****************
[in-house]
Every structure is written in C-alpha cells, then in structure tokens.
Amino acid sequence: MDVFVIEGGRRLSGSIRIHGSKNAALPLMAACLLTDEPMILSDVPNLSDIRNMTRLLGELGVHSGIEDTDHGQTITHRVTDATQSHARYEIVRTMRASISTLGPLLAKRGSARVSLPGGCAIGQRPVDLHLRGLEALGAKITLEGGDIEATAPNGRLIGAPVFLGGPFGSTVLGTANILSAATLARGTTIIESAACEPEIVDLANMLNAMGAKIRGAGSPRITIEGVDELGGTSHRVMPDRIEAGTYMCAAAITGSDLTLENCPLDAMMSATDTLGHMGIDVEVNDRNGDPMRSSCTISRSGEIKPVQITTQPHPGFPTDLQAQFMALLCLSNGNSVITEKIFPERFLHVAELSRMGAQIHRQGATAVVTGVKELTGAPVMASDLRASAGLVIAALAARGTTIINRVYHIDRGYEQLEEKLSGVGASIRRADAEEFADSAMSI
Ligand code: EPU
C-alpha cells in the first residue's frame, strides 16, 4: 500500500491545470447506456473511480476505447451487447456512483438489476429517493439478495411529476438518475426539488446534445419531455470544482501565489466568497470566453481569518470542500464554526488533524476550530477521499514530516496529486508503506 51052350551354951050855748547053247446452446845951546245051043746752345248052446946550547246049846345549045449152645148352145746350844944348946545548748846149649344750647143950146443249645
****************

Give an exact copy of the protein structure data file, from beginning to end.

[in-house]
Every structure is written in C-alpha cells, then in structure tokens.
Amino acid sequence: MDVFVIEGGRRLSGSIRIHGSKNAALPLMAACLLTDEPMILSDVPNLSDIRNMTRLLGELGVHSGIEDTDHGQTITHRVTDATQSHARYEIVRTMRASISTLGPLLAKRGSARVSLPGGCAIGQRPVDLHLRGLEALGAKITLEGGDIEATAPNGRLIGAPVFLGGPFGSTVLGTANILSAATLARGTTIIESAACEPEIVDLANMLNAMGAKIRGAGSPRITIEGVDELGGTSHRVMPDRIEAGTYMCAAAITGSDLTLENCPLDAMMSATDTLGHMGIDVEVNDRNGDPMRSSCTISRSGEIKPVQITTQPHPGFPTDLQAQFMALLCLSNGNSVITEKIFPERFLHVAELSRMGAQIHRQGATAVVTGVKELTGAPVMASDLRASAGLVIAALAARGTTIINRVYHIDRGYEQLEEKLSGVGASIRRADAEEFADSAMSI
Ligand code: EPU
C-alpha cells in the first residue's frame, strides 16, 4: 500500500491545470447506456473511480476505447451487447456512483438489476429517493439478495411529476438518475426539488446534445419531455470544482501565489466568497470566453481569518470542500464554526488533524476550530477521499514530516496529486508503506 51052350551354951050855748547053247446452446845951546245051043746752345248052446946550547246049846345549045449152645148352145746350844944348946545548748846149649344750647143950146443249645